The artwork on the third petal includes the images of National Poet on Pakistan Allama Iqbal, Tomb of Shah Rukn-e-Alam in Multan, the famous Mahabat Khan Mosque in Peshawar, Indus River Delta and the magnificent Lahore Fort. Furthermore, the last petal shows sketches of the tombs in Uch Sharif, Islamia College Peshawar, Quaid-e-Azam Residency in Ziarat, Shalimar Bagh in Lahore and the Khyber Pass, to name a few.
Along with a large fountain in the middle of these granite petals, the Pakistan Monument in Islamabad also includes four pillars. These structures display the words ‘Faith,’ ‘Unity’ and ‘Discipline’ both in Urdu and English. There is also a wall with hand impressions of every designer, architect, engineer and labour who helped with the construction.
Right next to the main monument is a circular terrace with beautiful archways that serves as a viewpoint. You can pretty much see the entire city from this place – including the metallic crescent on Shakarparian Hills that has been inscribed with the quotes of Quaid-e-Azam and poetry of Allama Iqbal.
The location of Pakistan Monument and the lush green gardens surrounding it also make it one of the most beautiful tourist attractions in the federal capital.
No wonder many consider Islamabad monument as one of the most Insta-worthy spots in Islamabad.
Pakistan Monument Museum
The Pakistan Monument Museum is also known as Islamabad Museum. It is located across from the Pakistan Monument.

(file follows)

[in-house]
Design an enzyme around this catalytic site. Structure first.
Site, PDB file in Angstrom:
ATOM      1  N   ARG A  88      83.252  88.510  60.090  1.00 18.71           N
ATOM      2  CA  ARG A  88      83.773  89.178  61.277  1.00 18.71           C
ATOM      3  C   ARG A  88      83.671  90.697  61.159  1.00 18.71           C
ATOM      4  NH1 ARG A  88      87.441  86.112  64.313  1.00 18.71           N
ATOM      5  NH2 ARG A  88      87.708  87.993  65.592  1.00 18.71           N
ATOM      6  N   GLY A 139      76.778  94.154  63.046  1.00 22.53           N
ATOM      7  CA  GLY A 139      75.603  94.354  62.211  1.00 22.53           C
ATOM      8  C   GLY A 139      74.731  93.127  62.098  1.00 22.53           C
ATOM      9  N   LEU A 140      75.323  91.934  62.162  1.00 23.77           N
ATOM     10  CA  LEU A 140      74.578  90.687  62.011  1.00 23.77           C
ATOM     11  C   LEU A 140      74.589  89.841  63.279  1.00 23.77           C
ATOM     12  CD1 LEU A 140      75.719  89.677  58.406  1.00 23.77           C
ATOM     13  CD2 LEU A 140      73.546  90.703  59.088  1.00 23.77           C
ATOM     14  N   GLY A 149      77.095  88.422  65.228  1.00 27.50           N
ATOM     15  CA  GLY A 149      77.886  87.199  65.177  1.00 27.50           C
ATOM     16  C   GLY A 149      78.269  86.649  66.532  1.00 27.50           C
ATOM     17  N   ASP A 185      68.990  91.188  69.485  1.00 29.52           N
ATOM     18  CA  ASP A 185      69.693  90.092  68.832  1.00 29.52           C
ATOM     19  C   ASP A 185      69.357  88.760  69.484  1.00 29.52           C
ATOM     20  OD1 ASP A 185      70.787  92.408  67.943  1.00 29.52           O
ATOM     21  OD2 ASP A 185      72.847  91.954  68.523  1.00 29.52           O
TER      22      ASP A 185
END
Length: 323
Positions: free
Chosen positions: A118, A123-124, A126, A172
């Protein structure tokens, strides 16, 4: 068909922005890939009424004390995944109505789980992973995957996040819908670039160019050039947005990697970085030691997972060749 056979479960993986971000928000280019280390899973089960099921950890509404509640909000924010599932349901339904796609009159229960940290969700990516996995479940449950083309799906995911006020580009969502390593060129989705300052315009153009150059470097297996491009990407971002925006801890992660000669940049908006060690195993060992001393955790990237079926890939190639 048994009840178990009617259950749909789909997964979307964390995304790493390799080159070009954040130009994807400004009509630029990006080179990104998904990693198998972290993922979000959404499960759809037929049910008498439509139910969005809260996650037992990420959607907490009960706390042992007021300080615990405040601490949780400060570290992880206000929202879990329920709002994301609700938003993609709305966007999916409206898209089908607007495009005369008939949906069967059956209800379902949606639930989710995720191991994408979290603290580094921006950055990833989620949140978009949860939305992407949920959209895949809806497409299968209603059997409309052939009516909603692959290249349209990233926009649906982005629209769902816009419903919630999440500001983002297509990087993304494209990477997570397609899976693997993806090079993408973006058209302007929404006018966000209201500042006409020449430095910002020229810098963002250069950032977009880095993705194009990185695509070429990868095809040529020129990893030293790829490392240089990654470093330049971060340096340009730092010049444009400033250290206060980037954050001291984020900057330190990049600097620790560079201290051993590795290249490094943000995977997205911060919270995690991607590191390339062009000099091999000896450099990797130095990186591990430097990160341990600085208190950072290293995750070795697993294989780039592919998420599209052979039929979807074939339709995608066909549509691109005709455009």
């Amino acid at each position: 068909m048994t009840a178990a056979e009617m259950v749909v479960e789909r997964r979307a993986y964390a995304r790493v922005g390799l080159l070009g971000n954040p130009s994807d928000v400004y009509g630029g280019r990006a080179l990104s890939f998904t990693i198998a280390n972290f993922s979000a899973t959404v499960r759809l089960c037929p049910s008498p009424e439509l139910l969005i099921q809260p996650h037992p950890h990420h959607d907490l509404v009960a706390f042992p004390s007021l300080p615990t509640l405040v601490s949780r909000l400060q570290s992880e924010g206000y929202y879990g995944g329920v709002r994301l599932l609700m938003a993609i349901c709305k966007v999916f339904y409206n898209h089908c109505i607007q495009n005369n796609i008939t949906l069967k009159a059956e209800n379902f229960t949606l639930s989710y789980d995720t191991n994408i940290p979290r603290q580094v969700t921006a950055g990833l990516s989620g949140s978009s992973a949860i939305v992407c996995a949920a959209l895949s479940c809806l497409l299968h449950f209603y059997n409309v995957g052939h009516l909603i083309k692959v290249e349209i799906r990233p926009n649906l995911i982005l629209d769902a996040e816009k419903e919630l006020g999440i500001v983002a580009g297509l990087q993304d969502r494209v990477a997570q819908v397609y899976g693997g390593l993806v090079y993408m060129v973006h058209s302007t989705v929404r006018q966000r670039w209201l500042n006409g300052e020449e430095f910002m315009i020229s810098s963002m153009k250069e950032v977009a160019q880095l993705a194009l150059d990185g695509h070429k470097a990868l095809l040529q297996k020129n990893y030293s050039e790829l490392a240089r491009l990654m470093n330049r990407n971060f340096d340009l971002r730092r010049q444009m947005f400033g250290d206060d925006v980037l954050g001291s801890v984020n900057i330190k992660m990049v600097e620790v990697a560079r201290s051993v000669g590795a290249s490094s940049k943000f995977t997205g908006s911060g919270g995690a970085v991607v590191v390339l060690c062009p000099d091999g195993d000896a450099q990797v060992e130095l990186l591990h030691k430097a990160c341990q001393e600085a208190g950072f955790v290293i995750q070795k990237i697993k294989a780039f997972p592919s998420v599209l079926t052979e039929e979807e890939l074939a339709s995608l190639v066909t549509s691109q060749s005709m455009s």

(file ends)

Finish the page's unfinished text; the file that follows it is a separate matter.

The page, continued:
The museum features beautiful paintings, life-like wax statues, grand exhibits and historical pictures. These mural illustrate major events that led to the creation of Pakistan. From the advent of Islam in the region to the splendours of the Mughal era and from the War of Independence to the Pakistan Movement, this incredible museum makes these past events come back to life.
That’s not it.
The museum in Islamabad also houses an impressive reference library along with an Audio Visual Center. This is where you can find archives of historical speeches and other national records. There is also a conference hall and an auditorium known as Panorama Hall. It has a seating capacity of 62 people.
If you’re visiting Pakistan Monument in Islamabad, you must check out this museum as well.
Pakistan Monument Museum Timings: 10:00 AM to 4:00 PM (Closed on Mondays)
Pakistan Monument Museum Ticket Price: PKR 20
Moreover, the famous Lok Virsa Museum, also called the Shakarparian Museum, is also in the vicinity. So, if you have an interest in the cultural heritage of Pakistan and enjoy art, you need to dedicate an entire day to explore the Pakistan Monument in Islamabad and the two museums. You can also go for a stroll in the nearby Shakarparian Park.
Make sure to check out Zameen Blog, one of the best lifestyle blogs in Pakistan, to find out more about some of the best tourist attractions in the country.